Twitter declares Ireland as its global legal centre
Twitter's self-declared legal switch to Ireland may be a peremptory move ahead of a change in European law spurred by US spying, according to data protection experts.
The social networking company has changed its non-US privacy accountability to its Irish office, making the Irish facility nominally responsible for 250 million users around the world.
"It's possible that Twitter may be anticipating a change in Safe Harbour because of recent developments and the direction European authorities are taking," said Irish data privacy expert Daragh O'Brien.
"If so, it would help them to have a single defined office."
'Safe Harbour' is the law that allows companies to transfer personal data of EU citizens to US entities on the understanding that such personal data in the US will be given EU privacy standards, which are higher than US privacy standards.
However, the European Court of Justice is currently hearing evidence that US spy organisations routinely access EU personal data. If the court strikes down the 'Safe Harbour' agreement, experts say big companies such as Twitter, Facebook and Google will need a single point of contact within the EU to deal with the consequences.
A spokesman for Twitter declined to comment, but said that the legal switch to Ireland does not change its services.
"If you live outside the United States, our services are now provided to you by Twitter International Company, our company based in Dublin, Ireland," the statement said.
"Twitter International Company will be responsible for handling your account information under Irish privacy and data protection law, which is based on the European Union's Data Protection Directive."
The move has sparked speculation that the Irish Data Protection Commissioner's office may have to take on an increased workload as all global complaints and regulation queries become redirected to Dublin.
But a spokesman for the Data Protection Commissioner said Twitter's move "won't really change" existing law on the issue, nor the office's official responsibility for dealing with Twitter. "EU law in each country was always, and remains, applicable to EU users," said a spokesman for the office of Helen Dixon, the Irish Data Protection Commissioner.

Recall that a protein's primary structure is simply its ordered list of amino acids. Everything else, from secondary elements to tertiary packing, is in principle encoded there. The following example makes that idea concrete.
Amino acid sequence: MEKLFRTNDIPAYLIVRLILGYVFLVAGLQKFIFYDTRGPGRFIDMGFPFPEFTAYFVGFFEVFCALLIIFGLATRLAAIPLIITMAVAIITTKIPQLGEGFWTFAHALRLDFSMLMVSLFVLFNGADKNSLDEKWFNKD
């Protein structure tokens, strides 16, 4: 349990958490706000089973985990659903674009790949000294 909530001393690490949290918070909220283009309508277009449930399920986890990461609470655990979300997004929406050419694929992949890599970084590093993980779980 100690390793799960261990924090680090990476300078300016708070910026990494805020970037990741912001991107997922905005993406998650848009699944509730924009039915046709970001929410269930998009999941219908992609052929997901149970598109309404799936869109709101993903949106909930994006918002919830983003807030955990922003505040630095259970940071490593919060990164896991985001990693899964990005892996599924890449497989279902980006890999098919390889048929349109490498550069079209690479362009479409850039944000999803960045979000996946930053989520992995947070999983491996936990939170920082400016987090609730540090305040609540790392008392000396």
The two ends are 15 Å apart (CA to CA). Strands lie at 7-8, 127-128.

"If someone in Spain has a complaint about Twitter, it's investigated there. We're not the exclusive regulatory authority in thie regard."
This was echoed by the Data Protection Commissioner, Helen Dixon, in a recent interview with the Irish Independent.
"We've had a lot of media queries since Twitter made its announcement," said Ms Dixon. "In fact, under the 1995 directive, an organisation like Twitter that has hundreds of thousands of European users would always have been covered. Simply because users are signed up with something called 'Twitter Inc', didn't mean that they weren't covered under the protections of existing European law.
"And that's a point that the Google Spain judgement underlined. It doesn't matter whether a company like Twitter or Google says 'but we're a US data controller, not a European controller'.
"So even though Twitter users up to last week were signed up under 'Twitter Inc' we would always have seen ourselves as responsible."
Ms Dixon said that the company is not on the same level as rival social media firms for complaints or queries.
"As for Twitter itself, there hasn't been any significant volume of queries or complaints in respect of their service," she said. "But I have already had engagement with Twitter in my first couple of months in the role and have made queries."